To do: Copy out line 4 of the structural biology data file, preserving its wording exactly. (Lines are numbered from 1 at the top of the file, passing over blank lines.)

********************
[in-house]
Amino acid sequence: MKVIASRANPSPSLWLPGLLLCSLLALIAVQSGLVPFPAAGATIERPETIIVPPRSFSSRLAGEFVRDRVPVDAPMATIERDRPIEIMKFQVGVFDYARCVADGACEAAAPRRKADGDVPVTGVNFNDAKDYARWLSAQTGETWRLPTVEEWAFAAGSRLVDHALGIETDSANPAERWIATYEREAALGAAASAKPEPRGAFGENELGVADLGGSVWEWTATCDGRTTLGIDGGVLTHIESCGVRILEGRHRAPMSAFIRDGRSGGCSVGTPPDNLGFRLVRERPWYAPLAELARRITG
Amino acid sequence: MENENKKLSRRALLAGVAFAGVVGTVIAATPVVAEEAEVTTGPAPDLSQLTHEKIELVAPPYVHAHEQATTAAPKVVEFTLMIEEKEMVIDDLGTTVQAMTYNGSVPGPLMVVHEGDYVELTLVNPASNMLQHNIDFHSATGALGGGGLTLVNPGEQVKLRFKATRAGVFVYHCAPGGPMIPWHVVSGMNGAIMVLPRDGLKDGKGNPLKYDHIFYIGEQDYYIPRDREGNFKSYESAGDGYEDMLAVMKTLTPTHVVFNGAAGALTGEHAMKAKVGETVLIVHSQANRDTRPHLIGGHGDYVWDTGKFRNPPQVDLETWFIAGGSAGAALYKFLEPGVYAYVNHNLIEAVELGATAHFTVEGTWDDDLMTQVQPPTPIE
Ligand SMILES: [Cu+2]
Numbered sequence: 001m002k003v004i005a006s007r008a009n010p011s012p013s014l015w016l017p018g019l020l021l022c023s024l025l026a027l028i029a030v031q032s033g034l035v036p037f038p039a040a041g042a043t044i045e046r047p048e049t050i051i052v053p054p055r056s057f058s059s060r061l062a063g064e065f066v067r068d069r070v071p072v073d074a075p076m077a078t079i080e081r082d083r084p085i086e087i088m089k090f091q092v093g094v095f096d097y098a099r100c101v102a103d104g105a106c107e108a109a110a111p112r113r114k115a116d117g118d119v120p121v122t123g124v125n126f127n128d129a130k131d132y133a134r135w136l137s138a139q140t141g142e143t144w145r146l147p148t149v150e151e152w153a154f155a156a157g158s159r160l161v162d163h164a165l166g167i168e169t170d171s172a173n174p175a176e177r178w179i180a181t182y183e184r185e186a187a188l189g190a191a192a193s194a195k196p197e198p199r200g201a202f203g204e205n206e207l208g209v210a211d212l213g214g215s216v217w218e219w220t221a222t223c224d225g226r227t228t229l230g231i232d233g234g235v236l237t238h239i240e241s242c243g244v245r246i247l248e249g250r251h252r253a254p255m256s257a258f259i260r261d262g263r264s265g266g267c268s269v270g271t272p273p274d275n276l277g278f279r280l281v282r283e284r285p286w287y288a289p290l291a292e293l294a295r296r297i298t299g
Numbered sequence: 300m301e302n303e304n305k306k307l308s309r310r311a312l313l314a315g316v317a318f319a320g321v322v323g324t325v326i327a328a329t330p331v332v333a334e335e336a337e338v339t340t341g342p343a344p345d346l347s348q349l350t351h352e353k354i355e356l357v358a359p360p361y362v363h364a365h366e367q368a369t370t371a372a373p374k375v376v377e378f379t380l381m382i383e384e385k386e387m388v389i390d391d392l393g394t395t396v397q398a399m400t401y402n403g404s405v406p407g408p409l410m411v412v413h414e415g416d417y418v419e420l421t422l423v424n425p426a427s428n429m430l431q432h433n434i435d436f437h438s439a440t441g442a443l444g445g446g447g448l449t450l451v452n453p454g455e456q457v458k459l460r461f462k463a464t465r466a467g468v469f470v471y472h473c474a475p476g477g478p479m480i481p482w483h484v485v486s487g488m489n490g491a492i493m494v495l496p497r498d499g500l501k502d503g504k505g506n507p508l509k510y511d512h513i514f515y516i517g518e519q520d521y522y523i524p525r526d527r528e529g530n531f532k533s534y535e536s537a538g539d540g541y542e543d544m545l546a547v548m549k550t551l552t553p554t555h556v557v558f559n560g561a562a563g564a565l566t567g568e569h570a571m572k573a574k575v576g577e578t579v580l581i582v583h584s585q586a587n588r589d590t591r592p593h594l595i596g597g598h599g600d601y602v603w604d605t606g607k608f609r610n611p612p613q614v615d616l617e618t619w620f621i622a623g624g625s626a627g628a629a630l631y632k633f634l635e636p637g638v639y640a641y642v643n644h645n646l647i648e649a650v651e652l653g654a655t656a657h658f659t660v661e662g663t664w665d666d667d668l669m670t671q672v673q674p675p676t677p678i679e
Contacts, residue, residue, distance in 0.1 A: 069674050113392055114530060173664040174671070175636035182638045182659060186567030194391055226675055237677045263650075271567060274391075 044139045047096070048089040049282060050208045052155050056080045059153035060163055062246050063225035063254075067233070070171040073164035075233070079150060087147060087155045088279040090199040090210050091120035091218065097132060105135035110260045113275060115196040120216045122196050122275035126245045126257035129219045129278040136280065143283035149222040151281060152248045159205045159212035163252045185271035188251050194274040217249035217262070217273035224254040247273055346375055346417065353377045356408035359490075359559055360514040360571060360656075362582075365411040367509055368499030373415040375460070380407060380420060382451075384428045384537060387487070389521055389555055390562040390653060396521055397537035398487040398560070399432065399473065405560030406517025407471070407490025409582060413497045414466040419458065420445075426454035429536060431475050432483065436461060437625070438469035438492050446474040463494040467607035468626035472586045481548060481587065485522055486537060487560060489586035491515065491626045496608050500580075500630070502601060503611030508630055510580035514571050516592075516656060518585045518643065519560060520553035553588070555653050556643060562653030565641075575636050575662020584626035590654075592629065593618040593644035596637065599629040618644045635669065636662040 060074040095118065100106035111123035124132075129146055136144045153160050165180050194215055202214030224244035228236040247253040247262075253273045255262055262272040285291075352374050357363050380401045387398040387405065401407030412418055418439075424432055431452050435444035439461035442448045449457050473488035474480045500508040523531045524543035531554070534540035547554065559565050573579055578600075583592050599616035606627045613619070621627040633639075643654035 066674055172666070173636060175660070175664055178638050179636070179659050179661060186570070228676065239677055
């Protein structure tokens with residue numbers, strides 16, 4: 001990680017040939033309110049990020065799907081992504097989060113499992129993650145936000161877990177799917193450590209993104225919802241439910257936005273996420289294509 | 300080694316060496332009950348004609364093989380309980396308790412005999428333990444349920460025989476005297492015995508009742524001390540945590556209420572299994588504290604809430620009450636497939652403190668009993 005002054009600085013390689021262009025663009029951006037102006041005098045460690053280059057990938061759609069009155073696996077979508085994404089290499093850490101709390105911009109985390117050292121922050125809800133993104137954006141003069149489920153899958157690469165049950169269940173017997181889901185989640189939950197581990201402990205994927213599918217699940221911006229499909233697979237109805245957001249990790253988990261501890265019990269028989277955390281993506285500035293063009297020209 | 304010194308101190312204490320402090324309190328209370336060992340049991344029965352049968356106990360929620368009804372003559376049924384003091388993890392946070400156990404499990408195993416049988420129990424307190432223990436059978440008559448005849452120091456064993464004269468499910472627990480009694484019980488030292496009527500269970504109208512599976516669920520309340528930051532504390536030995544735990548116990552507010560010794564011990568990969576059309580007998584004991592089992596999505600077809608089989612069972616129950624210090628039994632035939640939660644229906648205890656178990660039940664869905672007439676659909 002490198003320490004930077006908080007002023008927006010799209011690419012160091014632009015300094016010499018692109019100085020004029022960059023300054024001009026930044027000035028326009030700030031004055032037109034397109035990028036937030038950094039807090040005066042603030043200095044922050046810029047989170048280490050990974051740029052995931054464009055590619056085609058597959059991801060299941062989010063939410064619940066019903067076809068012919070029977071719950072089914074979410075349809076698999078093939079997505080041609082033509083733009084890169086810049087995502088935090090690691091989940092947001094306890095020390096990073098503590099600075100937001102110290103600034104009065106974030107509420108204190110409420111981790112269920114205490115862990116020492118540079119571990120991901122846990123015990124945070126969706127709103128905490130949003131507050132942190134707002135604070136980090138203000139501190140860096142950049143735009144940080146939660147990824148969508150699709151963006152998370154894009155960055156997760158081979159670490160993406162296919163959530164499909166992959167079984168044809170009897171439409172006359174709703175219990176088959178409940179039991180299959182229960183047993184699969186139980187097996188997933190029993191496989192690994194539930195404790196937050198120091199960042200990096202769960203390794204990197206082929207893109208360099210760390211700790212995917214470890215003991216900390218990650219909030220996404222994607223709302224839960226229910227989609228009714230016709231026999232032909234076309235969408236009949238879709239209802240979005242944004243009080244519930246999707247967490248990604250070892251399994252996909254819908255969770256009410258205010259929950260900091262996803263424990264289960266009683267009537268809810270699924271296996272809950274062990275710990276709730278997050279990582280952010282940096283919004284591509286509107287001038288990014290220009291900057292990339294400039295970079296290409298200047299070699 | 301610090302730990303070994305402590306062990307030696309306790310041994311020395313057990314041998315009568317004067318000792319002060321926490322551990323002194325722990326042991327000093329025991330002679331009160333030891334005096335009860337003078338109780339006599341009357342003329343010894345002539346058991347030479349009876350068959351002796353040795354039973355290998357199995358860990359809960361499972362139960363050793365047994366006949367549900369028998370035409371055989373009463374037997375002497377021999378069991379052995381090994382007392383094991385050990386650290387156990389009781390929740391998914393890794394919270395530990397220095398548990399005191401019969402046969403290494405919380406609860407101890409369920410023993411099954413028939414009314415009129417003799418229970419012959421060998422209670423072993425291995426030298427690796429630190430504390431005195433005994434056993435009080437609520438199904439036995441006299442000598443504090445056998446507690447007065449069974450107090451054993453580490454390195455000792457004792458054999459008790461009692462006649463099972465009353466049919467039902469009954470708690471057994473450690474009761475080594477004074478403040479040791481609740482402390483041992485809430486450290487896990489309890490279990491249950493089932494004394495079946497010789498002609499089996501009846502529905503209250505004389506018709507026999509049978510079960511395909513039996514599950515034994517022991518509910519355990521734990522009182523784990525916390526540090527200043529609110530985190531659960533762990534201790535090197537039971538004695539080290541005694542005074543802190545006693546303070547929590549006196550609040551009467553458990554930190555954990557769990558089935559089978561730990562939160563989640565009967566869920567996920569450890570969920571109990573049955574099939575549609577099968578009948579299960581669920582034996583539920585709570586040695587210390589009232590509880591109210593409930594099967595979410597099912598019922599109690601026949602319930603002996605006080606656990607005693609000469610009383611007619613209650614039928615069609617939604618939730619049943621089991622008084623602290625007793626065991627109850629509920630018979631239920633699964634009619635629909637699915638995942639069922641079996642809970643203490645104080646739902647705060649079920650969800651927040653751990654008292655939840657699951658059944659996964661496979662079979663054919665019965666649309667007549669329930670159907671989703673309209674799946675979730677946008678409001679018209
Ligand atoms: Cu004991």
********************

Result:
Ligand SMILES: [Cu+2]